Some major petrol stations in Abuja and Kano are currently adjusted their price to N185 per liter.
Petrol marketers are now selling fuel at N185 per litre in Abuja and some parts of Kano.
This is as queues are beginning to disappear at filling stations.
The marketers lamented that the N165 official rate is no longer possible.
Checks by Daily Trust on Wednesday in Abuja and nearby Nasarawa State indicate that while some stations still do not have petrol, some major stations that have the fuel, including AA Rano and Shafa, have adjusted their price boards to N185/l for petrol or Premium Motor Spirit (PMS) while diesel or Automotive Gas Oil (AGO) is sold for N850/l.
Some motorists at the stations said rather than the long queues and scarcity, they are comfortable buying at the new rate without spending hours looking for petrol.
Garba Musa, a taxi driver said: “We know all this while that this is what they are driving at. They should have just adjusted the price since and saved people the stress. When you buy in the black market, most times these hawkers mix it with water and it can destroy vehicle engines.”
Mr Amos Enehi also said consumers have no choice at the hands of oil marketers. “It is a huge energy crisis we are facing here in Abuja but we don’t have a choice, so we will buy at that rate. We call on the government to make necessary interventions to address this issue because petrol still sells at N165 in Lagos, why is Abuja different?”
Also in Kano, Daily Trust found that major stations that sold for N165/l last week now sell for N185 while other stations selling for N200 earlier, now sell the product for N220.
Amkar station sold for N220 while major stations like A A Rano and Aliko Oil now sell for N185, rising from N165.
A commercial driver, Malam Salisu Musa, said he observed the increase on Tuesday and that has affected fares.
Another motorist Usman Abdulkadir Eder said: “We woke up on Tuesday with a hike in the price,” he revealed.
A member of the Independent Petroleum Marketers Association of Nigeria (IPMAN), Oladele Amusan, said the marketers have no choice because the cost of running their stations has increased following the hike in diesel prices.
“We have been crying to the Nigerian Midstream and Downstream Petroleum Regulatory Authority (NMDPRA) for help and they have done their best but that has not solved the problem in Abuja and the hinterlands,” he noted.
An IPMAN official in Kano said the cost of transporting petrol from the coastal area has risen by 300% increase and that caused the hike in petrol price.
Just last weekend, the Natural Oil and Gas Suppliers Association of Nigeria (NOGASA) warned that the rising diesel prices and scarcity of foreign exchange (forex) would continue to stoke the petrol crisis.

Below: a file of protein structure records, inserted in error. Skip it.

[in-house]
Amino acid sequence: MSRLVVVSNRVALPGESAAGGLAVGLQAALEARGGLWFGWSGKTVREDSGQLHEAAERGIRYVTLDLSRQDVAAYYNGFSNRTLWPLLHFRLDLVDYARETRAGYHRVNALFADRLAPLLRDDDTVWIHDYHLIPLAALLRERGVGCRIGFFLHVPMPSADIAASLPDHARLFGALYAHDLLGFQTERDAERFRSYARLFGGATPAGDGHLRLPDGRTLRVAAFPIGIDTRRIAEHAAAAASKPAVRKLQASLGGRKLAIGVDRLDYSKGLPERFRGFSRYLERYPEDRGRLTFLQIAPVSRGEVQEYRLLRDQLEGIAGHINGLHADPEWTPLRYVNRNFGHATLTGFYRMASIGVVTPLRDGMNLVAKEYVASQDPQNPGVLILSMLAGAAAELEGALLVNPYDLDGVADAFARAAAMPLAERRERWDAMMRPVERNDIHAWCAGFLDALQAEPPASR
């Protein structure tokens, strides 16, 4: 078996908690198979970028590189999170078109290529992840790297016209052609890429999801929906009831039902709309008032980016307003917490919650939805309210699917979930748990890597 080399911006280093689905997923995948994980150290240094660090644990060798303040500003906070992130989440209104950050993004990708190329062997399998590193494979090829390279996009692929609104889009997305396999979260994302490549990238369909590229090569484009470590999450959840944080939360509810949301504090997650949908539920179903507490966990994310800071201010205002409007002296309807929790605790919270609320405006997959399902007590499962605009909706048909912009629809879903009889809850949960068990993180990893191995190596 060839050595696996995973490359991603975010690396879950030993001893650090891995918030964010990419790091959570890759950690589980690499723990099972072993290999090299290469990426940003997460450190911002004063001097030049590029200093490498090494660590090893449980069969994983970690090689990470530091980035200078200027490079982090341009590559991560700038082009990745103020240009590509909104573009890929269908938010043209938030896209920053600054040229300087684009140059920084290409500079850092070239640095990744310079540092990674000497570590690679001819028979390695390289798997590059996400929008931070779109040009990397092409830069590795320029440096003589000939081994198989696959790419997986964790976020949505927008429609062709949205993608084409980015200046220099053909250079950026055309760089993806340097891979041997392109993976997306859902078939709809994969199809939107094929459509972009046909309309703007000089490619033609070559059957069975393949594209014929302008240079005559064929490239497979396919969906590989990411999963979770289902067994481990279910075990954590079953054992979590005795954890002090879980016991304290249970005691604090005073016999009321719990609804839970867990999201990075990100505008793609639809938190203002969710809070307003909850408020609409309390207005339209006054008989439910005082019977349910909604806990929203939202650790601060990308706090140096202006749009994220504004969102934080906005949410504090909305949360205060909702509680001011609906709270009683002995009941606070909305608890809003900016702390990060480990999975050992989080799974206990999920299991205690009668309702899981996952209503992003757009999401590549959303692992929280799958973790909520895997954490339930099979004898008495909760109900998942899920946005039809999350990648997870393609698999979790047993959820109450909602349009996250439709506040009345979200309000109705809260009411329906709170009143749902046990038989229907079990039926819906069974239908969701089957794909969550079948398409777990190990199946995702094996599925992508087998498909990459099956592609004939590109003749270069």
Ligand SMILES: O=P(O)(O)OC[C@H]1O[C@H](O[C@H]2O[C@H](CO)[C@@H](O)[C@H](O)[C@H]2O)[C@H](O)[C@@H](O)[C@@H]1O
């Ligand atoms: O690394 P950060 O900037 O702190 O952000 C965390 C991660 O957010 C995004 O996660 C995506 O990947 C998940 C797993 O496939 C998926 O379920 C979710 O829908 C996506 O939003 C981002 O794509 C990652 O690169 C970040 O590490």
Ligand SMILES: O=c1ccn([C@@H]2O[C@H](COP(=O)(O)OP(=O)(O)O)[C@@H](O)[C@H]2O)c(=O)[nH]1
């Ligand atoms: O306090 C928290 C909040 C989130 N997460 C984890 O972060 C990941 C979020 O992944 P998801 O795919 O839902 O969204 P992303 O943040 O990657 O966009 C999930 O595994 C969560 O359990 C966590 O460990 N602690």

They urged President Muhammadu Buhari to grant a five-month emergency window for forex for increased diesel import.
The president of NOGASA, Beneth Korie, had said the administrative costs for marketers have risen and sought some government interventions.
NMDPRA recently raised the freight rate for petrol transporters to N35/km from N25 due to the diesel crisis but Korie said that only addressed the logistics issue but the administrative issues of depots and filling stations owners still remained, noting that a depot owner could spend over N20 million on diesel to power it for a week.
Just recently, the IPMAN, Abuja and Suleja Depot Unit declared a halt in petrol supply for one week ending last weekend over a N50 billion unpaid bridging claims by NMDPRA.
However, the agency said it had more claims and asked the association to come forward for verification. NMDPRA, which set prices, was also yet to react to the apparent flouting of the regulated petrol price by the marketers as of Wednesday.
Confirming this, the Major Oil Marketers Association of Nigeria (MOMAN) said the regulated N165 price is no longer realistic.
Mr Olumide Adeosun, Chairman, MOMAN, made this known on Wednesday during a virtual consumer protection workshop for Oil Marketers by the Federal Competition and Consumer Protection Commission (FCCPC).
According to a NAN report, he maintained that it would be difficult to enforce any kind of price control mechanism on marketers who had to slightly adjust their prices based on how much they bought products from the depots.
Earlier, Mr Babatunde Irukera, Executive Vice Chairman, FCCPC, charged oil marketers to shun anti-competitive conducts and other acts that would short-change consumers.